The Importance of Unity in Writing
Today’s lesson is on an attribute of all good writing — unity. Unity means oneness. It describes writing that sticks to a central idea, theme, or story. Good writing doesn’t wander around like a gossip at a dinner party, it stays focused like an astronomer at his telescope.
Read the following passage and see if you can tell where the writer violates the principle of unity:
We rounded the hilltop and our hearts leapt. Below us snaked miles of winding blacktop — a motorcyclist’s dream. The air was clear and the sun reflected off beetle-sized cars inching along thousands of feet below us. One of them might have been a limousine, but it was too far away to tell. I dropped down a gear and felt the machine lurch ahead, eager for the descent. Chris hugged my waist a bit tighter and we leaned hard into the first turn.
Did you catch the sentence that wandered from the subject of the paragraph? It was the one about the limousine. If that sentence didn’t leap out at you, read it again — it’s as though the writer got distracted by the cars he was describing and forgot that the point of the paragraph was the start of an exciting motorcycle ride. Read the paragraph again without that sentence and you’ll see how much more focused it becomes.
Here’s another example from an expository paper. See if you can spot the sentence that wanders off track:
One of the most important and controversial parts of the U.S. Constitution is what is referred to as the Necessary and Proper Clause. It is found in Article One, section 8, and gives Congress the power to “make all laws which shall be necessary and proper for carrying into execution” the powers given to them. This little clause is important because it seems to give a great deal of power to Congress. It is an old axiom that “Power corrupts, and absolute power corrupts absolutely.” The historic point of controversy over this clause has to do with how we define the words necessary and proper.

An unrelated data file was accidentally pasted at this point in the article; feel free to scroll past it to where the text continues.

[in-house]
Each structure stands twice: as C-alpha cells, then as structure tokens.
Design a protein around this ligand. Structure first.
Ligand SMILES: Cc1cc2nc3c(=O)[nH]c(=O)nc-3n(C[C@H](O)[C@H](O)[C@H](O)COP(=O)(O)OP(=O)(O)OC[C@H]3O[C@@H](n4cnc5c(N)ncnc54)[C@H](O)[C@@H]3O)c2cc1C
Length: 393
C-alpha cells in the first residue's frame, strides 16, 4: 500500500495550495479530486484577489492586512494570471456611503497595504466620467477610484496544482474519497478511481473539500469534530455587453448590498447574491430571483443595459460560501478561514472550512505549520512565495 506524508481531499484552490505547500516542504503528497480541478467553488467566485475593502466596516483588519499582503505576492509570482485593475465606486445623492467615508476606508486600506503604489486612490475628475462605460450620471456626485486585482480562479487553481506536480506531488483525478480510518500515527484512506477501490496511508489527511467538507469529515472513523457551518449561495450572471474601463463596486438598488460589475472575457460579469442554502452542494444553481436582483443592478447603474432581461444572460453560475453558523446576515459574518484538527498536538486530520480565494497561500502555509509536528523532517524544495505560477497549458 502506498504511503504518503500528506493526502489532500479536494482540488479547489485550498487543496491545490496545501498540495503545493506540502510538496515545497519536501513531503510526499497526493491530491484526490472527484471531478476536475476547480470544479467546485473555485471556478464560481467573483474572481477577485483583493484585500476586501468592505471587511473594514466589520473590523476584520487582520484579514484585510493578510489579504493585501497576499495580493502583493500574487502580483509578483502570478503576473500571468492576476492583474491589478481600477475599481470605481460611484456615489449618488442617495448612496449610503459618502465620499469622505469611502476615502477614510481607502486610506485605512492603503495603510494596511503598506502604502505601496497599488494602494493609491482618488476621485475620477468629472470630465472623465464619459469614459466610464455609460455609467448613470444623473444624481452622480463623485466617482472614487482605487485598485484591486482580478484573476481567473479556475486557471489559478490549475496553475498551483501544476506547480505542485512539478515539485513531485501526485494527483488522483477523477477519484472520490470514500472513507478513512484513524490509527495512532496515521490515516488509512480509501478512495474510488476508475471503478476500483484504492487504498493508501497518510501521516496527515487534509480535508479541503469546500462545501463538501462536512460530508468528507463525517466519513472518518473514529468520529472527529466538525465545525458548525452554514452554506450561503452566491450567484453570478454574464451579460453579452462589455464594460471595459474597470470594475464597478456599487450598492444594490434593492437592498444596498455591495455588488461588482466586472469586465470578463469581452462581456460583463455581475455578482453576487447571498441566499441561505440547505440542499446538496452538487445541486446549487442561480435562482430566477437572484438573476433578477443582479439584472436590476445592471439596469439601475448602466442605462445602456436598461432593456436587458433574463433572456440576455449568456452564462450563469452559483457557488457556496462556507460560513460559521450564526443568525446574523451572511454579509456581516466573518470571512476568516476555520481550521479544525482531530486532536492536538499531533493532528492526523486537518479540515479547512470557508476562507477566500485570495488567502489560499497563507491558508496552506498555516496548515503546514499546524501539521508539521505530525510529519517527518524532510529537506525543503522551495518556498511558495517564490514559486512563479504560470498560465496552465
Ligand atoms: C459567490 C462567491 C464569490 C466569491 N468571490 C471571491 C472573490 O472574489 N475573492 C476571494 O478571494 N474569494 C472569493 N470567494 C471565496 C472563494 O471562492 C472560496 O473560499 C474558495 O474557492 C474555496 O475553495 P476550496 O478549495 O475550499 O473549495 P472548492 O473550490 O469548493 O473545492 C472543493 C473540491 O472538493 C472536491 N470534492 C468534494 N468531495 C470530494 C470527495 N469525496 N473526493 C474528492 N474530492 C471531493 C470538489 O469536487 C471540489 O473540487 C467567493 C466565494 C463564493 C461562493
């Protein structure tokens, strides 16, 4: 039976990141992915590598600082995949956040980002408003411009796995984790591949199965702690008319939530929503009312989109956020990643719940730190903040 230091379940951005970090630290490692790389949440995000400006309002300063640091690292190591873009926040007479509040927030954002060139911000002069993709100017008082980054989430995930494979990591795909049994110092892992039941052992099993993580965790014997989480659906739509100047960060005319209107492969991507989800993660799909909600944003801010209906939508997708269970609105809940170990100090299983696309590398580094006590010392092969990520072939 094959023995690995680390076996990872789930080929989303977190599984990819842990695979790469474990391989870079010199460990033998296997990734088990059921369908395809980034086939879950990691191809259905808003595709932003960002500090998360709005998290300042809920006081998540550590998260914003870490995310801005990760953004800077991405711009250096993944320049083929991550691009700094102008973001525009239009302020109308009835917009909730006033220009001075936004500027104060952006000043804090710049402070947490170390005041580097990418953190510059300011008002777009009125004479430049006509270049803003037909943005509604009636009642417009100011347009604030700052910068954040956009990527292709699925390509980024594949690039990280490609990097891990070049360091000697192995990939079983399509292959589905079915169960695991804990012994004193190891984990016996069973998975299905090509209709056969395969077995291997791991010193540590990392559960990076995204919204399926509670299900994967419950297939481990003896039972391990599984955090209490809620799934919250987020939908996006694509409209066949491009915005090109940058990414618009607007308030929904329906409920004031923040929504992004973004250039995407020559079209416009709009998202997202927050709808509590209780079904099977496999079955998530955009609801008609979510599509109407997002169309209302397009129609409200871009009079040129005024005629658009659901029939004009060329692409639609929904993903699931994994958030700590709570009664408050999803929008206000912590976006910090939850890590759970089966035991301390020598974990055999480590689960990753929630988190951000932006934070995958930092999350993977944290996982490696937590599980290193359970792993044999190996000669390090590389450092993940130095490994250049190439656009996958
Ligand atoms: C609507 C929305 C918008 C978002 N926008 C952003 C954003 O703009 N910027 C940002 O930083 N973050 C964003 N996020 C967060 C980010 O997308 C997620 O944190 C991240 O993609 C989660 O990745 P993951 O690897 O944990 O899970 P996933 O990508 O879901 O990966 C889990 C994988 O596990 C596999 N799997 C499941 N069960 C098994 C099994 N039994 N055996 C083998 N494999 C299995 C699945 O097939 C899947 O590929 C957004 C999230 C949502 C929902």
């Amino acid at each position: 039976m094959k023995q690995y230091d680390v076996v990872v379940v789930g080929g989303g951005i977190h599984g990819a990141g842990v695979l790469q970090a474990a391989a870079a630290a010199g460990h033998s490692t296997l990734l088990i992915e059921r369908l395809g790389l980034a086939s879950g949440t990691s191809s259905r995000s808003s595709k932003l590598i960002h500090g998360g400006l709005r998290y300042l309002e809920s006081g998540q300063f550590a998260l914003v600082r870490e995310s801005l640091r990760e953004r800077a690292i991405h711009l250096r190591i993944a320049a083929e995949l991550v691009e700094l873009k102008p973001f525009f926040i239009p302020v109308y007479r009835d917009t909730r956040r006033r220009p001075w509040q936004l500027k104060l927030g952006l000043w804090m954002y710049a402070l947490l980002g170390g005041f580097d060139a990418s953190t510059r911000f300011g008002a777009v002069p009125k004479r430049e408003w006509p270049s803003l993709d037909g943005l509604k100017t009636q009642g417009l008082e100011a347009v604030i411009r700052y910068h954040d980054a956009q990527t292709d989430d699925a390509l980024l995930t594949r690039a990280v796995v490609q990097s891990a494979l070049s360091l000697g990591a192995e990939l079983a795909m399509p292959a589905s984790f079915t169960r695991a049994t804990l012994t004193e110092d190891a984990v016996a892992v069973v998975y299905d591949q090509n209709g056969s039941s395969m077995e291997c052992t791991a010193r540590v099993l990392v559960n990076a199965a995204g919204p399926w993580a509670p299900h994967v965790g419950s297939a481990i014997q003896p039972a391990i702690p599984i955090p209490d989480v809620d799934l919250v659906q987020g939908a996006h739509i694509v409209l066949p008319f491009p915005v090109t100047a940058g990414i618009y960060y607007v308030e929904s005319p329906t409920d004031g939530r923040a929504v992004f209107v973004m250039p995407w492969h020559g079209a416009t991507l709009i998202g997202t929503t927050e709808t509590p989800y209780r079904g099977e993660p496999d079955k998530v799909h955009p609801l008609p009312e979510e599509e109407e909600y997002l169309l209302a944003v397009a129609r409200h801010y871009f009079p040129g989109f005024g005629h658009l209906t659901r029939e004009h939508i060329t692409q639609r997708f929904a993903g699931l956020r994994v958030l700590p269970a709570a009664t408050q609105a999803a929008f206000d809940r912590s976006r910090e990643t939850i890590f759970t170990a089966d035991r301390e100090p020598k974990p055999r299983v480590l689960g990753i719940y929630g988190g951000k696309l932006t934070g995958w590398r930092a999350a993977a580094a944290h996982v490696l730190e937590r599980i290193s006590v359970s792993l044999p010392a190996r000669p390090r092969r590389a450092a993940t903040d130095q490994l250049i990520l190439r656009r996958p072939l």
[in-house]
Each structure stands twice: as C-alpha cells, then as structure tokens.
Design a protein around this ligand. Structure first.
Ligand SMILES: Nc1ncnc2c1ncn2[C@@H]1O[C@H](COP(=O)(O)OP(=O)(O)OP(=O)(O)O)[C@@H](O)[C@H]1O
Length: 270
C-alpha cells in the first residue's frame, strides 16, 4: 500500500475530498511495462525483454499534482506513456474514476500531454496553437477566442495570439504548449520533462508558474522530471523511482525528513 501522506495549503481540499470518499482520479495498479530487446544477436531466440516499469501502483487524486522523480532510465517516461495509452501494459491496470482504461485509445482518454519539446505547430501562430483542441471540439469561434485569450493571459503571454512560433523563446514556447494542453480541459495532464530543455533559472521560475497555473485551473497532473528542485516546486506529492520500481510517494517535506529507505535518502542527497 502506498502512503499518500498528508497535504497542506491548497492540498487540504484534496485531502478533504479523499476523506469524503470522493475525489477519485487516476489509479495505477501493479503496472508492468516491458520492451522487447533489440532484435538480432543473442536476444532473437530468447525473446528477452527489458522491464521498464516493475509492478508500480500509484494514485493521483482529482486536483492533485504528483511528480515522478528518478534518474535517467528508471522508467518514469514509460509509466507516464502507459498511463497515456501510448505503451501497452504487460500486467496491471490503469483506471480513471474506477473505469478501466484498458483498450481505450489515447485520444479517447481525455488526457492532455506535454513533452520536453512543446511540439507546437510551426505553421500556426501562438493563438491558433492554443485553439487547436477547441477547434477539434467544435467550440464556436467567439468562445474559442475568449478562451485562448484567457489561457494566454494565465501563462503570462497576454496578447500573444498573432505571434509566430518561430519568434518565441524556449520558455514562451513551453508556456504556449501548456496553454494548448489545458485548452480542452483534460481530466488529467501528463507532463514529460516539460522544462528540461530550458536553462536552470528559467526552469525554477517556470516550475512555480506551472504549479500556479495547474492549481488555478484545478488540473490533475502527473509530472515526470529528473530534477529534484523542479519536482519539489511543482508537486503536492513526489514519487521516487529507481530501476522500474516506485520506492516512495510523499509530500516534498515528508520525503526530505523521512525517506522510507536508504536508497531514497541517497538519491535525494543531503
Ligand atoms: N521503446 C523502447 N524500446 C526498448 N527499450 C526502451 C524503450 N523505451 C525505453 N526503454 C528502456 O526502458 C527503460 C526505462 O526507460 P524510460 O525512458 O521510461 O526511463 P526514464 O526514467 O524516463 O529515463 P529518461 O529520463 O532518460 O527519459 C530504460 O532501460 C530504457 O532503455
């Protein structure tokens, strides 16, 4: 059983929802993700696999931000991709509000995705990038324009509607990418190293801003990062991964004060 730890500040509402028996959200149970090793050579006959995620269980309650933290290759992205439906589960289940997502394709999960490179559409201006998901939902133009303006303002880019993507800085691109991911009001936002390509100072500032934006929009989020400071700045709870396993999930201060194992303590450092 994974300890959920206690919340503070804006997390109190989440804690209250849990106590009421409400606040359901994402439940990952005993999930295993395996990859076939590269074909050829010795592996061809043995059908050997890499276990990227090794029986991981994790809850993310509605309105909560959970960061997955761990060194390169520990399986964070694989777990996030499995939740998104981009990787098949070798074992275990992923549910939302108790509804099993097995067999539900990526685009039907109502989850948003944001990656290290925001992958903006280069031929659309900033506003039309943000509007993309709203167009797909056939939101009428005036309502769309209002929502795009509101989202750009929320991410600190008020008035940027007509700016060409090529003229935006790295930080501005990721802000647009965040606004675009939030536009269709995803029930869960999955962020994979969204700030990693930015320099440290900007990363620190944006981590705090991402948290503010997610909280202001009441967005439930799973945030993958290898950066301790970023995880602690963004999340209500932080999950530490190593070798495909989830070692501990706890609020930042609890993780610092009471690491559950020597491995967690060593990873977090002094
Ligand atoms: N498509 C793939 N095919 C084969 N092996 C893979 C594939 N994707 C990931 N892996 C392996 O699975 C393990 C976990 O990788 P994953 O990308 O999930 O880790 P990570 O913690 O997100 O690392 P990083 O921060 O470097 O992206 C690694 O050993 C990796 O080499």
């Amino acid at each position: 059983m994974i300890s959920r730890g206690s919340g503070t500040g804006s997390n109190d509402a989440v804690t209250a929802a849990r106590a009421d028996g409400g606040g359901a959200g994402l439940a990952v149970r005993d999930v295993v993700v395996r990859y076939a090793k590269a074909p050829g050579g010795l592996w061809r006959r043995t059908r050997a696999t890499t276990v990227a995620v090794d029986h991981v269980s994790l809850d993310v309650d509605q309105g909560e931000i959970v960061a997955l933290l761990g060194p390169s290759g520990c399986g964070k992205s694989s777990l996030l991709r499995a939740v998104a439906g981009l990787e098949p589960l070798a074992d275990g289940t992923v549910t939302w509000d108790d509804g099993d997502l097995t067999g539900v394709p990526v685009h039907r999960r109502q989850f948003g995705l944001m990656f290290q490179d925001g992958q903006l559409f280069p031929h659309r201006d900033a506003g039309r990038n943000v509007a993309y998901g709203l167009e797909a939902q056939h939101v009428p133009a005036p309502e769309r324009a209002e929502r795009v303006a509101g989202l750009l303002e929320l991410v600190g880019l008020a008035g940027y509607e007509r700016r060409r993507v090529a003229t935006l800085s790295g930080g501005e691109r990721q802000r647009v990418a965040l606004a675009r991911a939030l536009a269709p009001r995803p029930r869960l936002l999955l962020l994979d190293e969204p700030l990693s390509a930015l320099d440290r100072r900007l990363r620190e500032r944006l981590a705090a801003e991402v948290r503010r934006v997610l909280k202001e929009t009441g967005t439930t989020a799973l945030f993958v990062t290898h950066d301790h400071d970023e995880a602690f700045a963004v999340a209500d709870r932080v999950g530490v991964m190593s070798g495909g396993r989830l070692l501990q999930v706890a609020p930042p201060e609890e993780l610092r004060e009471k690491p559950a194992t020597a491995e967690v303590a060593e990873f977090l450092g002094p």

See it? The sentence that contains the quote about absolute power doesn’t quite fit. It’s a good quote and might be useful somewhere else in the paper, but as it is, the sentence is a distraction from the overall purpose of the paragraph. It tempts the reader to contemplate the corrupting effects of power when they should simply be learning about an important and controversial part of the Constitution.
Some people have a round-about way of speaking. Maybe you’re like that. You get started in one direction, but a word or a phrase will remind you of a completely different story, and you’ll head off on a tangent for a while. Sometimes you get so excited about this secondary idea that you forget what the first point even was.
People put up with this when we’re speaking casually, but it’s a bad habit for writers. Good writers make sure that every word, every sentence, every paragraph serves the purpose of the paper.
Writing with unity requires mental discipline. Active minds are easily distracted. It’s a common thing to begin a journey with a clear destination, only to get sidetracked and find yourself lost and needing to find your way back to the original path. Don’t let this happen as you write. Keep focused and let every sentence serve your overall purpose.
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